Eric Marienthal is among my favorite saxophonists, an artist capable of moving seamlessly from straight ahead to smooth jazz to funk.
Audiences will have the opportunity to see him make those moves this weekend as one of the featured performers at Brian Culbertson’s Napa Valley Jazz Getaway. Now in its third year, the event runs Wednesday through Sunday and features performances from the likes of Eric Benét, Lee Ritenour, Dave Grusin, Earl Klugh, Mavis Staples, Eric Darius, David Benoit and the Dirty Dozen Brass Band.
Marienthal performs Thursday at the Lincoln Theatre as part of the Jazz Legends Night lineup that includes Grusin, Ritenour, Klugh and Benoit. He returns to that stage the next day for Friday Night Funk Night, which will feature a complimentary wine tasting reception, silent auction benefiting The Grammy Foundation and performances by The Ohio Players, Keenen Ivory Wayans and Culbertson and The Funk Experience with Darius and Marqueal Jordan.
(Let me just insert here that among my regrets in 25 years of journalism was never having the opportunity to interview The Ohio Players. “Love Rollercoaster” was among the first singles I ever bought and every time I hear “Fire” or “Fopp,” I am out of my seat and doing my thang. Of course, the band’s album covers played a small but significant role in my adolescent years.)
Marienthal has been a favorite of mine since releasing “Walk Tall,” his 1988 tribute to Cannonball Adderly. Born in San Mateo and raised in Sacramento and then Southern California, the saxophonist has plenty of straight-ahead jazz credentials to augment his status as one of smooth jazz’s most popular players.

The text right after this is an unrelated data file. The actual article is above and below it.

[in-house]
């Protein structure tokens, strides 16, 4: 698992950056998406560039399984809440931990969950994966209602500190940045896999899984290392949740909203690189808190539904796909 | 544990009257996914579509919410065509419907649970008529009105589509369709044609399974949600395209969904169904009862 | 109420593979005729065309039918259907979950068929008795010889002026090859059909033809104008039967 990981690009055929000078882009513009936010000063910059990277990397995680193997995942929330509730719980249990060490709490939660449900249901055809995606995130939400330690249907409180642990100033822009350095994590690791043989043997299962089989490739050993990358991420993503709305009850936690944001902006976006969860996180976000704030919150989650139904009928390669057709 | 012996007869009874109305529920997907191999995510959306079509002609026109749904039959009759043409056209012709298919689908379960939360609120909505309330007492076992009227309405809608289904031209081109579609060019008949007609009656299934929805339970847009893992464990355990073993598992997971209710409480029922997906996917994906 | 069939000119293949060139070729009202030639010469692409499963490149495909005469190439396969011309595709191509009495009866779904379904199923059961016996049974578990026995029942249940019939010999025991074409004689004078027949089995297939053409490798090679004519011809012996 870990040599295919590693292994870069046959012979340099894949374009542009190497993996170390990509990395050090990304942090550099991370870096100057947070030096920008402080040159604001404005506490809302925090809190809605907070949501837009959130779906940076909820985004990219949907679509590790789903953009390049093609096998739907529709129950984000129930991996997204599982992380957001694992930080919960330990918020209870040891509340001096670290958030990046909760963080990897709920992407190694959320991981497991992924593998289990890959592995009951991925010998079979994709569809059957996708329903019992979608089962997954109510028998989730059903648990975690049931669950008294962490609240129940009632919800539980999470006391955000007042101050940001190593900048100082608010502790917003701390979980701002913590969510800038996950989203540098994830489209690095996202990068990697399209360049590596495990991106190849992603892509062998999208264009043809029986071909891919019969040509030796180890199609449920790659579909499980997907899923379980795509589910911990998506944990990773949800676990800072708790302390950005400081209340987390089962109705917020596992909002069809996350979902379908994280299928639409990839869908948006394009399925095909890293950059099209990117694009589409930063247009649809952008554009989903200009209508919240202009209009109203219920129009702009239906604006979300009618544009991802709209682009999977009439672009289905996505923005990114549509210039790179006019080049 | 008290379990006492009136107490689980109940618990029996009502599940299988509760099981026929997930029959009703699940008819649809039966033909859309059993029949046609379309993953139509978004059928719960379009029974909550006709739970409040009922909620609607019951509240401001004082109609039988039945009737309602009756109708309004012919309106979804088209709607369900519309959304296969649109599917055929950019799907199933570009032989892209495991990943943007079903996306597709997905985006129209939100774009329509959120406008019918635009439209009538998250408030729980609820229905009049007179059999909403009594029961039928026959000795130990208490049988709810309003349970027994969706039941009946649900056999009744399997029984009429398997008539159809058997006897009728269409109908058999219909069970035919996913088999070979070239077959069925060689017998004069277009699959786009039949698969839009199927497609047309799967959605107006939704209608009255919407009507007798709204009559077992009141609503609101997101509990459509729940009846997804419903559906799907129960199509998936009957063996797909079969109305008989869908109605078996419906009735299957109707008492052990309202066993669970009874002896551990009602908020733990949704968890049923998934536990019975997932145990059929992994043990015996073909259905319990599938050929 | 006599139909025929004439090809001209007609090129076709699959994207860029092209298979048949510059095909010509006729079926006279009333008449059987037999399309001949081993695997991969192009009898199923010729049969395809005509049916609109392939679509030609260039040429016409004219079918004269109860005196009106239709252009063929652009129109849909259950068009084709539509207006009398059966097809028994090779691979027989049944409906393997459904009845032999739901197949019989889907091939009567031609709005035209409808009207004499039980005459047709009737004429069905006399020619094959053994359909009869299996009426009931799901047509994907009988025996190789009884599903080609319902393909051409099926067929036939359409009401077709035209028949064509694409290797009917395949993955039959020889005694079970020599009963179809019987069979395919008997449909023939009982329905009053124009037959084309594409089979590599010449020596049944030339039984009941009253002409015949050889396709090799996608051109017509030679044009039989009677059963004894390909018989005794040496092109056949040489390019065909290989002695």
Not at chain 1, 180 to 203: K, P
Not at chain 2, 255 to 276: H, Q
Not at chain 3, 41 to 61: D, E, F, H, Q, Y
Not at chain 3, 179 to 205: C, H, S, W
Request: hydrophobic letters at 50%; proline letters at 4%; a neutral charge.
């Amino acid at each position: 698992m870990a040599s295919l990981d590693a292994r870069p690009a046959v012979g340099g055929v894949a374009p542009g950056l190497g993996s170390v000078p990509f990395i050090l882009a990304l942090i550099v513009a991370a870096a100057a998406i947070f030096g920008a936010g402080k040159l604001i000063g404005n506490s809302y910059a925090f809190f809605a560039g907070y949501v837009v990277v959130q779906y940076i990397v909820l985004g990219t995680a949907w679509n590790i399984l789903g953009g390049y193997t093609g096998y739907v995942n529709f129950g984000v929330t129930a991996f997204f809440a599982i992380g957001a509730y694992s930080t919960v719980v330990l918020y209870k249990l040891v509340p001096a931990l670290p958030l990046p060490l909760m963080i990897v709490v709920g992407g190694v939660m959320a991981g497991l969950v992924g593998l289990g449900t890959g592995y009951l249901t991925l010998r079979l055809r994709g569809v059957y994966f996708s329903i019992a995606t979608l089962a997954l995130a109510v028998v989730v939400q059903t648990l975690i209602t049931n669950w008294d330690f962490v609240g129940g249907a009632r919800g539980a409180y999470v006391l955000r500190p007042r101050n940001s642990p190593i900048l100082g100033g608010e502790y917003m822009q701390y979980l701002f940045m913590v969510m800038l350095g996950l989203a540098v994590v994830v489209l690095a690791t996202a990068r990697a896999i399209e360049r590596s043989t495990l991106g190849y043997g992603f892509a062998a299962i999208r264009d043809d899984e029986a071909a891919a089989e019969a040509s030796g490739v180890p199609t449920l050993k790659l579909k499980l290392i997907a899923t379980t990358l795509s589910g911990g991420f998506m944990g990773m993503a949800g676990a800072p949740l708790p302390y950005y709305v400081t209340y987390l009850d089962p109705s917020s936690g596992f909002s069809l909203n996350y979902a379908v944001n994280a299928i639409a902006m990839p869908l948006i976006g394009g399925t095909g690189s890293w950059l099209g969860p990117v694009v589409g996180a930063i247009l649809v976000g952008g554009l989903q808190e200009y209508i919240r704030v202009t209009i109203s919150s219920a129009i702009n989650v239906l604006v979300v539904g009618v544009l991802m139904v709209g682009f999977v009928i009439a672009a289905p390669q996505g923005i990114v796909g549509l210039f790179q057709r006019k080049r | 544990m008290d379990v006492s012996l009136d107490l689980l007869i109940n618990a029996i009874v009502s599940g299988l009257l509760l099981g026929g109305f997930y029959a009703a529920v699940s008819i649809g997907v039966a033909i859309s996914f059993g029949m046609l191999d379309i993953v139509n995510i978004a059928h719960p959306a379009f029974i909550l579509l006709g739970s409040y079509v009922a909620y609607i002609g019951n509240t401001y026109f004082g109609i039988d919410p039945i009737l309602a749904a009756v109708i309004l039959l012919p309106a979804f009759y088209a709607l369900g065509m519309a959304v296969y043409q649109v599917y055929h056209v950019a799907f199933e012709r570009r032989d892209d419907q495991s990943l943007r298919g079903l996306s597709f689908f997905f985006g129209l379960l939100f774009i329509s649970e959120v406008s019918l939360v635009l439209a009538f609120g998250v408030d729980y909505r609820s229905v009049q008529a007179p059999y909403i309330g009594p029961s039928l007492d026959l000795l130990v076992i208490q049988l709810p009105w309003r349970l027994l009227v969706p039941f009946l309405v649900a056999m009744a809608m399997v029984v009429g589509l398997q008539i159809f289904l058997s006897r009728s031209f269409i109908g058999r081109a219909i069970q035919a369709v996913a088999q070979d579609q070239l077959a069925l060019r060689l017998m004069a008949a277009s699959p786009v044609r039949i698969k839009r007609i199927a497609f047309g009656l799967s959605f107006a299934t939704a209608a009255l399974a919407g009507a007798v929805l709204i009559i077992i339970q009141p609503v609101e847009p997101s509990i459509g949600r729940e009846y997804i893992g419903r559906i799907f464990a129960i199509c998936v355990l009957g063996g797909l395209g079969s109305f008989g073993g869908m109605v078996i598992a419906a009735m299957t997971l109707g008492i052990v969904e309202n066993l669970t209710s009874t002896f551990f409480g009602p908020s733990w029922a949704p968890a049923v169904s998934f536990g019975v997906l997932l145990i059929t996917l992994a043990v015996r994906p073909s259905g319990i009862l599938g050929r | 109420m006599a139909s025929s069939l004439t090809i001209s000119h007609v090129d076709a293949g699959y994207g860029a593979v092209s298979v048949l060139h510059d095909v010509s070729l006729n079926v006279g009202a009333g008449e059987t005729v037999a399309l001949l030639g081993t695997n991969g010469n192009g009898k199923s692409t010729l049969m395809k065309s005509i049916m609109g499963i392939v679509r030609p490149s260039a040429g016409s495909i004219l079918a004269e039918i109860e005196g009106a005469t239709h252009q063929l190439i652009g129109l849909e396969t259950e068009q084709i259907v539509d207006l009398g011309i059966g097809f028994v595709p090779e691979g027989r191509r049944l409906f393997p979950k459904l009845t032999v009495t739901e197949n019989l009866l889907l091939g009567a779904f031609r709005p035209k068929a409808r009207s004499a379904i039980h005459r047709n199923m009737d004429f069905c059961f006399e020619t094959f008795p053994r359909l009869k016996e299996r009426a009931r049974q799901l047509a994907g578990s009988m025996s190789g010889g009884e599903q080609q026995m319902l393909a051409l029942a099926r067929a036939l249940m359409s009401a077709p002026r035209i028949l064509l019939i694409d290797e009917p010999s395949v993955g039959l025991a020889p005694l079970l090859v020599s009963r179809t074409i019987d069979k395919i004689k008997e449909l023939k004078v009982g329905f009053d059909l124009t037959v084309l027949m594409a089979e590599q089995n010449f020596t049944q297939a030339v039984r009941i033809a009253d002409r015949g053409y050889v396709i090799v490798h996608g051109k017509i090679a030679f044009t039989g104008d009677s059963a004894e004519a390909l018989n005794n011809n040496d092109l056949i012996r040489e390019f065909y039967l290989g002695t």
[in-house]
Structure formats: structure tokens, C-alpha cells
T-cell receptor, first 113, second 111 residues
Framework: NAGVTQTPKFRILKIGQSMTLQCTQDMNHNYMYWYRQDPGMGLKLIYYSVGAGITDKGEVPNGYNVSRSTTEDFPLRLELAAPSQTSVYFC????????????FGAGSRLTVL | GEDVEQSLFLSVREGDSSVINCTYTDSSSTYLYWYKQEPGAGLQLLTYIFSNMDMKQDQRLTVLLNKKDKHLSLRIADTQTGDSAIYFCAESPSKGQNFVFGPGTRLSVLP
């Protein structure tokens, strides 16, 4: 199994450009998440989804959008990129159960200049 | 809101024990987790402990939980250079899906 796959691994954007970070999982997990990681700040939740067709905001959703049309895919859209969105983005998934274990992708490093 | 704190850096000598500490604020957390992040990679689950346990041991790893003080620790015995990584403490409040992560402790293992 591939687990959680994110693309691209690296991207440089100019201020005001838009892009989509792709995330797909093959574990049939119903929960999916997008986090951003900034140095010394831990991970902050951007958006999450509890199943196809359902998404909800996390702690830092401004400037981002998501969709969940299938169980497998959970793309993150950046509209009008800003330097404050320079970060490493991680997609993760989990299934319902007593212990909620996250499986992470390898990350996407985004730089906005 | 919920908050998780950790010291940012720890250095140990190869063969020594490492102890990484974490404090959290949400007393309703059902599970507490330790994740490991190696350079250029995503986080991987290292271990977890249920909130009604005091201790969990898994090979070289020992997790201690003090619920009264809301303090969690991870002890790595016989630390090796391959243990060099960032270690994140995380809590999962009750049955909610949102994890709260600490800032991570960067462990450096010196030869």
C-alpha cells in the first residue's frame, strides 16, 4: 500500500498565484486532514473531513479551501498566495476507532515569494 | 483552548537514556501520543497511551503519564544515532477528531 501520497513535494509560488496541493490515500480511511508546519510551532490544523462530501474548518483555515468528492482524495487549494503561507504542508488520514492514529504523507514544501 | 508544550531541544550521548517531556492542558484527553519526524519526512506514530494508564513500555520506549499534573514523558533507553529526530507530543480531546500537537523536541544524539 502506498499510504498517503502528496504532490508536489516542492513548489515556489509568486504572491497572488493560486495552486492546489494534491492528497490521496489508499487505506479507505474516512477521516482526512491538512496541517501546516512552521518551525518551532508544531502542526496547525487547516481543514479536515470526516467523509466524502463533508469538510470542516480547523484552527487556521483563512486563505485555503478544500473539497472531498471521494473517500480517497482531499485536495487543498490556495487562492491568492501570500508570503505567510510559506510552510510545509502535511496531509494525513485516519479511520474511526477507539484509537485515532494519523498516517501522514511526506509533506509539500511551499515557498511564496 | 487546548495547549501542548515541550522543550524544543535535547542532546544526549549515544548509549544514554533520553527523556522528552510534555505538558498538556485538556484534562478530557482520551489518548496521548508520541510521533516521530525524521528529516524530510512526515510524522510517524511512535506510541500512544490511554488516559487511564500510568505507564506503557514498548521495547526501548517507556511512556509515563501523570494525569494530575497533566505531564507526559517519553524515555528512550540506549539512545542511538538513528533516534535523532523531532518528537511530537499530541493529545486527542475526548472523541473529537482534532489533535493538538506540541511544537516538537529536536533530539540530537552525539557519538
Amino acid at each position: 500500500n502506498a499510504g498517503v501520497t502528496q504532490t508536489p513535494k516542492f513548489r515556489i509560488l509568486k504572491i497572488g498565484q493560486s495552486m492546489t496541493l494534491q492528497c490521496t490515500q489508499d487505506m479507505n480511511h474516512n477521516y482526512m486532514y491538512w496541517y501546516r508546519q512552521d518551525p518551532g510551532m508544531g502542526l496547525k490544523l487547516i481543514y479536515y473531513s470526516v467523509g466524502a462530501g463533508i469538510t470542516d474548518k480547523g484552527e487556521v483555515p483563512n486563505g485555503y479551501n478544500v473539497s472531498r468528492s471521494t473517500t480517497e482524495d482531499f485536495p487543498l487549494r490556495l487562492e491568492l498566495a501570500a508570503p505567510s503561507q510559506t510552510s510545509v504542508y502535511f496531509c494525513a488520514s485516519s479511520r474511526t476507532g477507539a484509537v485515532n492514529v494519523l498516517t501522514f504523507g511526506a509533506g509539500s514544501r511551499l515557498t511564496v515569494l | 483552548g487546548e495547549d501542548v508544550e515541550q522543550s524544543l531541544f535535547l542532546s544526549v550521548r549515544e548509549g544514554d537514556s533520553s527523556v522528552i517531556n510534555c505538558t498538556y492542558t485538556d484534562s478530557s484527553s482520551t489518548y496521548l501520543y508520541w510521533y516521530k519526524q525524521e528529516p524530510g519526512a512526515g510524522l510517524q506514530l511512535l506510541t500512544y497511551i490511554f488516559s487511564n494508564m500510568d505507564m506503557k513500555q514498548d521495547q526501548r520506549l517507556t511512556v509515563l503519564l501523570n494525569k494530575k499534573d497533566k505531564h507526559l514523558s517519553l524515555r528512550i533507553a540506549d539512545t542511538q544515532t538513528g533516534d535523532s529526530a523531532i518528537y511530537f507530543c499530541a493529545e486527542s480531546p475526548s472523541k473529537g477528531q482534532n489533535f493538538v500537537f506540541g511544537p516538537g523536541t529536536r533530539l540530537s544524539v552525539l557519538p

That Marienthal is comfortable playing across a range of genres is to be expected given his upbringing. He noted to me in an interview a few years back that pre-rock pop initially inspired his love of music.
"We didn’t hear a whole lot of straight-ahead jazz,” he said of his family life. “Frank Sinatra, Bing Crosby, Nat ‘King’ Cole and all the classics were always on. One of the early influences was hearing Boots Randolph on the stereo at home.”
Jazz eventually caught the budding saxophonist’s ears – Bird, Trane, Cannonnball – and by high school he was playing in Southern California honor bands and alongside the likes of Chuck Mangione, Bill Evans and Hubert Laws at the Monterey Jazz Festival.
From there, it was on to Boston’s Berklee College of Music and, at age 20, his first real professional gig with Al Hirt.
"Some of the band members were older, established guys but half the band was guys like myself, just out of college,” Marienthal recalled. “(In school), you really didn’t have any idea of what was going on out there in the professional world.
"So had (Hirt) not been as friendly and not as nice a guy as he was, it could have been a real turn off. But he was just such a classy guy and so generous and very open and very cool.”
Marienthal returned to Southern California after his year with Hirt and began gigging and playing sessions. Chick Corea saw him in a club and within two months asked Marienthal if he would join his new Elektric Band.
"It took me about a nanosecond to answer that question,” Marienthal joked.
The Elektric Band went on to record six albums; Corea also produced Marienthal’s solo debut effort, “Voices of the Heart.” The saxophonist in addition has toured and recorded with the Rippingtons.
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